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Assange Extradition Hearing Won’t Be Until 2020

(Photo by Jack Taylor/Getty Images)

Anders Hagstrom Video Columnist

WikiLeaks founder Julian Assange won’t face an extradition hearing until February 2020, a U.K. judge ruled Friday.

Assange, 47, was arrested after the U.S. Department of Justice charged him with cracking a password in the American defense network, which he denies. Chief Magistrate Emma Arbuthnot ordered a 5-day extradition hearing for Assange beginning Feb. 25, 2020, according to The Guardian. Up until his arrest, Assange had been holed up in the Ecuadorian embassy in London for seven years.

“This is related to one of the largest compromises of confidential information in the history of the United States,” said Ben Brandon, who represented the U.S. in the Friday hearing. (RELATED: Assange Indicted Under Espionage Act)

The charges against Assange in the U.S. stem from his role in helping Chelsea Manning, then Bradley Manning, steal tens of thousands of diplomatic cables in 2010. The U.S. could charge him for conspiracy to commit computer hacking on a classified computer.

People hold signs during a protest outside Southwark Crown Court where WikiLeaks founder Julian Assange will be sentenced, in London, Britain, May 1, 2019. REUTERS/Henry Nicholls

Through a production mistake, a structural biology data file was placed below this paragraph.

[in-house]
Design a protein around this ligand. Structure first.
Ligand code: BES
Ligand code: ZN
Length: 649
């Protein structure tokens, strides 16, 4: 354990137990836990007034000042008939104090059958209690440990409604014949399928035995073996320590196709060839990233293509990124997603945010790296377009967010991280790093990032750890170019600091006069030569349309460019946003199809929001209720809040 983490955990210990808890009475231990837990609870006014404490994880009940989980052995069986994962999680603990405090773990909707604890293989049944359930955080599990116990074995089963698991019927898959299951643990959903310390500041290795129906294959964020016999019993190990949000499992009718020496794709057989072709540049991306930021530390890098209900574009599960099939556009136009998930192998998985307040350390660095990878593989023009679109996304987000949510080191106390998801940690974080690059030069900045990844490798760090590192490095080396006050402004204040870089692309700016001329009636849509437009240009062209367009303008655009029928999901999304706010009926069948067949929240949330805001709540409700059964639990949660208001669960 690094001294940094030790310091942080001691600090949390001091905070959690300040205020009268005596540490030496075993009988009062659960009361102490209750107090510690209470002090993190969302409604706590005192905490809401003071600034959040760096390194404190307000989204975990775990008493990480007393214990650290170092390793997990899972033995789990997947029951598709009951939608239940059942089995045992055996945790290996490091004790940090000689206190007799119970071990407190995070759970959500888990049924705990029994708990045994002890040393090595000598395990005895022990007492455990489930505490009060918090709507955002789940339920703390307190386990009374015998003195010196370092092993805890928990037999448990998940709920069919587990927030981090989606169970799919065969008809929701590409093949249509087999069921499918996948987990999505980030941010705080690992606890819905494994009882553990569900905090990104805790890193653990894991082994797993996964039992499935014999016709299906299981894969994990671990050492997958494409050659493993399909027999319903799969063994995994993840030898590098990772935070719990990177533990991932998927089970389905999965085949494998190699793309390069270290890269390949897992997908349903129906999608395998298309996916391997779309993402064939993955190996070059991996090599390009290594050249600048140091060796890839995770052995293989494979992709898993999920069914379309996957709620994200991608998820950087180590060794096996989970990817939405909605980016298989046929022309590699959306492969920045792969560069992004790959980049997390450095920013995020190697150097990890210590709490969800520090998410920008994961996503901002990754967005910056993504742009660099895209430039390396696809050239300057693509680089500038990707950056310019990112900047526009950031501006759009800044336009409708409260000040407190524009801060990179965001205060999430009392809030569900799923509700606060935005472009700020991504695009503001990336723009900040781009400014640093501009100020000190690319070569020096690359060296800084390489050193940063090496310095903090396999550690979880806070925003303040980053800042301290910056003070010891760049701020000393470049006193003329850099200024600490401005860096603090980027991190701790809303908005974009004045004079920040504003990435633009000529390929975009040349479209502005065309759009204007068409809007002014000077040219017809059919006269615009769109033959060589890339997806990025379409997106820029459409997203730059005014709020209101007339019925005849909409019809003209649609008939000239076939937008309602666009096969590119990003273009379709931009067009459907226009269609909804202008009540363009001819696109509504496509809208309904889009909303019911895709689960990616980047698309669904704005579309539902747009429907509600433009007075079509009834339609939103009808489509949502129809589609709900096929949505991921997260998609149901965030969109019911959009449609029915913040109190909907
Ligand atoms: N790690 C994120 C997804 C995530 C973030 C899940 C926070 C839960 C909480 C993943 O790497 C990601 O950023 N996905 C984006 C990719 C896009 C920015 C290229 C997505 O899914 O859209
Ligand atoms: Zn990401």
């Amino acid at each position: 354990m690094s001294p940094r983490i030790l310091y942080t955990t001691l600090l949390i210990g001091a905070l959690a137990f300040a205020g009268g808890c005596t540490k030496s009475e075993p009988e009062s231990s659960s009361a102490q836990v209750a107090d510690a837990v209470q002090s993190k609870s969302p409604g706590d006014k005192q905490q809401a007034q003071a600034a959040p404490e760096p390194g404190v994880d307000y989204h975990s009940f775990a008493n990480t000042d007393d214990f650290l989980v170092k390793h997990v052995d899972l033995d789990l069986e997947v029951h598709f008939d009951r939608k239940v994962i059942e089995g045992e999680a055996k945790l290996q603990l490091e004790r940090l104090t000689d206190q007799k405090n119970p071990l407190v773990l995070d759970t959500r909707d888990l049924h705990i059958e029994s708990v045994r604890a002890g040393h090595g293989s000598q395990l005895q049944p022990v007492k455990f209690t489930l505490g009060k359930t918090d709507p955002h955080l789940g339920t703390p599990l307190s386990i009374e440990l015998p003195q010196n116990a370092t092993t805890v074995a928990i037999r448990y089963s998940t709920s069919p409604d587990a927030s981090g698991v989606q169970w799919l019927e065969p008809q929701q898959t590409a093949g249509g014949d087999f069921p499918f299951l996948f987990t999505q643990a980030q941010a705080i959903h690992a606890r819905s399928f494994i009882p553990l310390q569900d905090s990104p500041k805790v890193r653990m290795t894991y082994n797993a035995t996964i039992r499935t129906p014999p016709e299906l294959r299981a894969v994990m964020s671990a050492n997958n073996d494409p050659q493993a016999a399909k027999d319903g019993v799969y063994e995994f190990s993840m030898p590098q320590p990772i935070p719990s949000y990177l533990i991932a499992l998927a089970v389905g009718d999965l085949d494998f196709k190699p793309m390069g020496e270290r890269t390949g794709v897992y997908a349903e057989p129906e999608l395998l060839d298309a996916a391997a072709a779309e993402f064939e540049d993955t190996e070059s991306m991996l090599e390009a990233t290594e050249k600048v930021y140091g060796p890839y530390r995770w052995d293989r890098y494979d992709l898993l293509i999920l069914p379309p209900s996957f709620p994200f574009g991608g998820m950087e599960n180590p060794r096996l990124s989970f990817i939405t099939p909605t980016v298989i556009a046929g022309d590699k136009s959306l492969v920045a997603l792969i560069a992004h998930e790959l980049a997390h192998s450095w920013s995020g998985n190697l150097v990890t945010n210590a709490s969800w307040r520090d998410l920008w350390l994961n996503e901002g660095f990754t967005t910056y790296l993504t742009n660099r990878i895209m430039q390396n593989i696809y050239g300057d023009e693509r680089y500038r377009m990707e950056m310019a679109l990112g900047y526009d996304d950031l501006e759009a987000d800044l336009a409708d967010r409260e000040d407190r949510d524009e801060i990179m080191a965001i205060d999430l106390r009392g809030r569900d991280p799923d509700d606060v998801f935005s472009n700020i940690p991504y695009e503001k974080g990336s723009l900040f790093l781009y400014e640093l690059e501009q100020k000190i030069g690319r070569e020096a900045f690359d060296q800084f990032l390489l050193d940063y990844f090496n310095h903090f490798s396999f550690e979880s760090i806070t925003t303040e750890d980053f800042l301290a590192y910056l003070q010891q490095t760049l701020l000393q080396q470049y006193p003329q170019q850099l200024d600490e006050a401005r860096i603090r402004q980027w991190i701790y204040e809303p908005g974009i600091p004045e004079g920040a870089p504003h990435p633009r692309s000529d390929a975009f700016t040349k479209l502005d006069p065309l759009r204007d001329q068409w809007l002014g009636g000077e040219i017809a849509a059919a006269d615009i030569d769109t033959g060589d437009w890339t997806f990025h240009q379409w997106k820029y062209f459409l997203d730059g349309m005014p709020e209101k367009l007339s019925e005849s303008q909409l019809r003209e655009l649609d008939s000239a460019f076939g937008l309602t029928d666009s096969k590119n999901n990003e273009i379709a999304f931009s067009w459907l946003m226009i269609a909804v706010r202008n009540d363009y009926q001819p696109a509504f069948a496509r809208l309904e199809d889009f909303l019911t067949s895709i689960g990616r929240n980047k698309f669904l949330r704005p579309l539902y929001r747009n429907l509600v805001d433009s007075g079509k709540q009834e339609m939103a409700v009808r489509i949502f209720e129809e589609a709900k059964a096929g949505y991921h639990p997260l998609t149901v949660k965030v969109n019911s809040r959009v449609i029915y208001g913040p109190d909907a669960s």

People hold signs during a protest outside Southwark Crown Court where WikiLeaks founder Julian Assange will be sentenced. 2019. (REUTERS/Henry Nicholls)

The DOJ is alleging that “Assange engaged in a conspiracy with Chelsea Manning, a former intelligence analyst in the U.S. Army, to assist Manning in cracking a password stored on U.S. Department of Defense computers connected to the Secret Internet Protocol Network (SIPRNet), a U.S. government network used for classified documents and communications.” (RELATED: What You Need To Know About Julian Assange–Who Wants A Piece Of Him And Why)

Assange has defended himself, saying he had no part in cracking the U.S. defense network and that his rights as a journalist should protect him from the effects of what WikiLeaks published.

Chelsea Manning speaks at the South by Southwest festival in Austin, Texas, U.S., March 13, 2018. REUTERS/Suzanne Cordeiro

Chelsea Manning speaks at the South by Southwest festival in Austin, Texas, U.S., March 13, 2018. (REUTERS/Suzanne Cordeiro)

His lawyer, Mark Summers, called the case “an outrageous and full-frontal assault on journalistic rights.”

“Let’s be clear. This disclosure is not just an attack on America — it’s an attack on the international community,” former U.S. Secretary of State Hillary Clinton said in 2010. “There is nothing laudable about endangering innocent people, and there is nothing brave about sabotaging the peaceful relations between nations.”

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